Viewing 15 posts - 1 through 15 (of 21 total)
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  • #5513
    Profile photo of Danie Theron
    Danie Theron
    Survivalist
    member3

    Over the years, I have seen a lot of people debating types of guns and calibers. In this post, I will offer my opinion.

    In the end it really doesn’t matter what you use– at least not enough to spend time hotly debating. Guns are tools. Some people like one kind and some like another. There are a lot of great choices, and beyond that, even more things that are not great choices but will probably work just fine. Use a little common sense, but pick what you want and use what makes you happy. Most bad guys won’t know what make, model, or caliber you are shooting them with.

    Some type of semi-automatic magazine fed rifle is the gold standard. There are many good ones – do some research and pick the best one you have access to. If that doesn’t work for you – find what does.

    Before your type of gun and caliber are even relevant, there are several other thresholds that have to be crossed.

    With that in mind, here is how the sequence of importance breaks down:
    Think of it as a series of tests. You have to pass each test to move on to the next test. If you don’t pass a test, you are out of the game and you cannot move on to the next test.

    Test #1: “Will I kill someone?” It really doesn’t matter if you are equipped and able, if you are not willing. Don’t lie to yourself. Most people cannot proceed past this. If the answer is “yes”, proceed to the next test.

    Test #2: “Is this the right time to kill?” This is a hard one. This is where setting a personal “red line” combines with training and experience. Killing at the wrong time is no good and not killing at the right time is even worse. While most people never make it to this “test”, the ones that do may find that this is the hardest to get right. If you do get it right, then proceed on to the next “test”.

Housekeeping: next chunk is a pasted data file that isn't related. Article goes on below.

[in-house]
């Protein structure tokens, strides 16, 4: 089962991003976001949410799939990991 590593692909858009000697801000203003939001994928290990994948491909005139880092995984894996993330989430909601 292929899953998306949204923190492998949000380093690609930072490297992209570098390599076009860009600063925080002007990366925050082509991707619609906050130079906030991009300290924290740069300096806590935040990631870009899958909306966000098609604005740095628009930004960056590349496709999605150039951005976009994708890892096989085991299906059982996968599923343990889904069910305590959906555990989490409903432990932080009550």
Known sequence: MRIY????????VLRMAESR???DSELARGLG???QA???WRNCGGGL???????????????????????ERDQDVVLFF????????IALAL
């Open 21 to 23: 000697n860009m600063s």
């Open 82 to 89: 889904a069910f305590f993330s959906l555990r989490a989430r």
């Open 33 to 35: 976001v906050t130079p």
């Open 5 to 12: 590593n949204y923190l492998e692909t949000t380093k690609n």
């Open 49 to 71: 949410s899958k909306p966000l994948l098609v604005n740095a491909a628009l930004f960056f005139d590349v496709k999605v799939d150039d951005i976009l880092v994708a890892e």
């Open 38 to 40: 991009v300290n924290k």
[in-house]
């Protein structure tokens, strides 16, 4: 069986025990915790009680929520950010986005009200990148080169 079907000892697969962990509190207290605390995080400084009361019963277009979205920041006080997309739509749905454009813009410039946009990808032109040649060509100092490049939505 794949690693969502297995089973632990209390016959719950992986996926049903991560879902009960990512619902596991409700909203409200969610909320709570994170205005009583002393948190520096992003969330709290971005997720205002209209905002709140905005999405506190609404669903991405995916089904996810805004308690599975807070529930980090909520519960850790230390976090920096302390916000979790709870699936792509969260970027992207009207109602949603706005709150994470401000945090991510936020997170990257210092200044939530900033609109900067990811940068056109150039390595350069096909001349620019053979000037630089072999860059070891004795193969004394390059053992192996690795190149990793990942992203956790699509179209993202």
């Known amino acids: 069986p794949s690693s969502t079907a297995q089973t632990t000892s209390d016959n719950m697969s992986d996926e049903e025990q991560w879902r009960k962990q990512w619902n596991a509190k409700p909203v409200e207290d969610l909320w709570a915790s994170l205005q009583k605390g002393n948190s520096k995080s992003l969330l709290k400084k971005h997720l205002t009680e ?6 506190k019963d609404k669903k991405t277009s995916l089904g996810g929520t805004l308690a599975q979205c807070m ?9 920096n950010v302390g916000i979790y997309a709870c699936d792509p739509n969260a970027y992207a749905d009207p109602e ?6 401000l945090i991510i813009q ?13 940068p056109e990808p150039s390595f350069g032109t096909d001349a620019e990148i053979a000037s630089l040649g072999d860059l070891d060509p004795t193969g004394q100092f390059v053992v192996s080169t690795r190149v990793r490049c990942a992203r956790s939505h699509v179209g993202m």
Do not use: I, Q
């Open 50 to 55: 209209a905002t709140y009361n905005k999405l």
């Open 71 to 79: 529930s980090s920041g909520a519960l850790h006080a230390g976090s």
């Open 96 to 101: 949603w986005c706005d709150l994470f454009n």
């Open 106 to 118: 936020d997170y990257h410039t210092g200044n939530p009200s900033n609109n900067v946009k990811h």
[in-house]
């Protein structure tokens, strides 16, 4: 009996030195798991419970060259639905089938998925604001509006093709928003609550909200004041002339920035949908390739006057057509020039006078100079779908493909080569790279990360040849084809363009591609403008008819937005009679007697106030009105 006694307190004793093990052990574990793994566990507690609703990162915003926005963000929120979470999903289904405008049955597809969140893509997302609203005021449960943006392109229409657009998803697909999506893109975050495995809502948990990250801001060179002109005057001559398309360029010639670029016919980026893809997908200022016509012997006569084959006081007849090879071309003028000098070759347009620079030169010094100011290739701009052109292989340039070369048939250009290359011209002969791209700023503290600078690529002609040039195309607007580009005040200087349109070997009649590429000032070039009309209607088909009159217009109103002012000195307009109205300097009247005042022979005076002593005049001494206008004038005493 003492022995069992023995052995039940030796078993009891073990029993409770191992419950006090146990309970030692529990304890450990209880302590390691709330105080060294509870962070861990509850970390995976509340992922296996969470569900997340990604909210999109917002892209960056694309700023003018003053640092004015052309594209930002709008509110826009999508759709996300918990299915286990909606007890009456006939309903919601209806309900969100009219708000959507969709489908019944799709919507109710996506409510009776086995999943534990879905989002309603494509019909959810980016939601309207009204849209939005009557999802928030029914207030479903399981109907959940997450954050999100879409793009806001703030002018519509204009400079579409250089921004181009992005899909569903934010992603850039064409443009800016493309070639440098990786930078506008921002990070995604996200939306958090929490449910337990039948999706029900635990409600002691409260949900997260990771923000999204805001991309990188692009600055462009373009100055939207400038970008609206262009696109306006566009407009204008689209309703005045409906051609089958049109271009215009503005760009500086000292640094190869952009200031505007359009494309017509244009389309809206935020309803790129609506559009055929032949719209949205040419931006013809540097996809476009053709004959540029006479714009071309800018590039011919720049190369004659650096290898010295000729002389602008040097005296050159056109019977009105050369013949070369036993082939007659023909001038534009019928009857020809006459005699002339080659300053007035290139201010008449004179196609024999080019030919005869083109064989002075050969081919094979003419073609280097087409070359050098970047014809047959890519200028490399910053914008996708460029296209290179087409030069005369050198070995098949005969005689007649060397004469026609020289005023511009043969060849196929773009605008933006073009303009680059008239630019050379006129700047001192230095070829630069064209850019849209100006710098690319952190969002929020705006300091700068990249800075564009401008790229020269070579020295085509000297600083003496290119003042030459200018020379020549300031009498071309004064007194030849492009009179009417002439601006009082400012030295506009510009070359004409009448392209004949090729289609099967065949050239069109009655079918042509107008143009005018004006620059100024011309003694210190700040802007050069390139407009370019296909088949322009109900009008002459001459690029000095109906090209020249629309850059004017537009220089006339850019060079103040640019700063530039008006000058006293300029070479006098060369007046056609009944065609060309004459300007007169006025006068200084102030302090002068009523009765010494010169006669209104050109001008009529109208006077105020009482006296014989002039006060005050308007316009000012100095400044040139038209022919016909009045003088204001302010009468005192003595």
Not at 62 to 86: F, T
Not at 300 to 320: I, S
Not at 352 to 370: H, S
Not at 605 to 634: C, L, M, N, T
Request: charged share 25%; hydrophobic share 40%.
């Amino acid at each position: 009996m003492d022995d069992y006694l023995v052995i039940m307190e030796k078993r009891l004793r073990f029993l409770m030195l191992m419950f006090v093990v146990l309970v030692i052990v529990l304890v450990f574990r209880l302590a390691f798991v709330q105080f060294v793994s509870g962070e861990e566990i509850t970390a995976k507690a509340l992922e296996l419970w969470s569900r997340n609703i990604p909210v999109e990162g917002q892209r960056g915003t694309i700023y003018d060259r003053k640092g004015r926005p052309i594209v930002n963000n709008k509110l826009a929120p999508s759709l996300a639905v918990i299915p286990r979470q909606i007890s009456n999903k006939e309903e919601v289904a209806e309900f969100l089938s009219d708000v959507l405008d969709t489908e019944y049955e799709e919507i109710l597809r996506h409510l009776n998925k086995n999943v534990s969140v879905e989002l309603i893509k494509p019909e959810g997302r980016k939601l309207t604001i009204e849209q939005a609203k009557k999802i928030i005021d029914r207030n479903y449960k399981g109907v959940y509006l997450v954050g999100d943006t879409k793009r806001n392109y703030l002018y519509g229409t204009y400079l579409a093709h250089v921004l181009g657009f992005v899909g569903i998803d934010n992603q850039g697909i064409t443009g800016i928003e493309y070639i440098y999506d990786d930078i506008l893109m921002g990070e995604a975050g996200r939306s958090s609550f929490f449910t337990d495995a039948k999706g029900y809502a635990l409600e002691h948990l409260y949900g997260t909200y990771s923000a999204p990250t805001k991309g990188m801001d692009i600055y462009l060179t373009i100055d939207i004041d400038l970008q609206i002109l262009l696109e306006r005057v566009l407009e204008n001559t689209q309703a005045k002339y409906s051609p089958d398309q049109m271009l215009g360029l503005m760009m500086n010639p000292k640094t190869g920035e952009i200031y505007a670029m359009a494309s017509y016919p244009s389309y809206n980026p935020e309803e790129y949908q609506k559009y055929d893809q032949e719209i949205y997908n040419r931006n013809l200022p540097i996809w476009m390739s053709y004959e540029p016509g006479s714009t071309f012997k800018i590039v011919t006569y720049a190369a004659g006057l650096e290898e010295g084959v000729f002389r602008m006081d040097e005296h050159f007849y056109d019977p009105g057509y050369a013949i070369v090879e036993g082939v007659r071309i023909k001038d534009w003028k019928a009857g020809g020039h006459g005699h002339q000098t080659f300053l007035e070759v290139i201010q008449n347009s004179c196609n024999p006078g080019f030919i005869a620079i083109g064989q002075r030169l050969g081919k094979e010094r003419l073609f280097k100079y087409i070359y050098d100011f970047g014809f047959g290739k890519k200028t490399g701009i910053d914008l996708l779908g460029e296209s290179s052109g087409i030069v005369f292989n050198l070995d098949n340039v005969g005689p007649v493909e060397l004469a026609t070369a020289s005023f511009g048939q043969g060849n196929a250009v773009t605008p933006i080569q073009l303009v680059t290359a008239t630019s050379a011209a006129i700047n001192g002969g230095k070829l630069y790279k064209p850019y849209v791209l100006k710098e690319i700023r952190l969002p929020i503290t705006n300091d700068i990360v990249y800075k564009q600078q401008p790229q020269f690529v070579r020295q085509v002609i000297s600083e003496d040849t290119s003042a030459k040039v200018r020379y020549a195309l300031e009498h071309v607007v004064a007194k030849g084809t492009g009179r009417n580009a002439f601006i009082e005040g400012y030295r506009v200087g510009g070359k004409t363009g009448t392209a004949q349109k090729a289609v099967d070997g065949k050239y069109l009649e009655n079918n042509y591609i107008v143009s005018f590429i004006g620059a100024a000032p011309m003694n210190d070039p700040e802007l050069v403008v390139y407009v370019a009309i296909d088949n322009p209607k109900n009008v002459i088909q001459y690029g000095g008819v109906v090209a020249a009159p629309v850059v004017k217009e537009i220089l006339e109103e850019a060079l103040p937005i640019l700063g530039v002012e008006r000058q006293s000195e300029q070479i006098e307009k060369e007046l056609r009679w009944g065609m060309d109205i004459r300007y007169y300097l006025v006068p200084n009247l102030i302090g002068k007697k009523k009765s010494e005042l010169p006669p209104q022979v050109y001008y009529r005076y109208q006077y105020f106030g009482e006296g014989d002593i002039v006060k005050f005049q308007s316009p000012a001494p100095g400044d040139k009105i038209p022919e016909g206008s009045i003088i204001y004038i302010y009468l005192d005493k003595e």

Test #3: “Do I have the skill required to kill in this situation?” For the sake of simplicity, lets narrow the example to firearms. In other words, can I hit what I want to with speed and precision and use tactics appropriate for the situation? Can I do that on demand and under pressure? Can I deliver the basics mistake free under pressure? Again, don’t lie to yourself here – most people do. There is a reason top organizations have mandatory performance standards that personnel are required to maintain. It is because they have found that maintaining that standard will increase the likelihood of personnel bringing the skill needed to win the fight. They have also found that if a person cannot meet that basic performance standard, they are most likely deluding themselves by overestimating their capability.

    Now, at this point, if you have passed test #1, #2, and #3 it is time to talk about the merits of vertical fore grips and fight about what caliber or type of gun makes you a better ass-kicking killer or barrel chested freedom fighter.

    You can see that there are a lot of tests you have to pass before weapon selection starts to matter. I am not saying it isn’t important, I’m just saying in the grand scheme, it is a small thing. However, it is on that small thing that many people spend almost all of their time.

    Please consider this before you make some gun, caliber, or piece of gear your “religion”.

    #5518
    Tolik
    Tolik
    Survivalist
    member10

    Often said , that the “best ” weapon is the one that is in your hand when you need it . Lot of truth to that , if its a 410 when somebody kicks in your door ……..and thats what you have in reach……..then thats what it is …….

    #5520
    Profile photo of Danie Theron
    Danie Theron
    Survivalist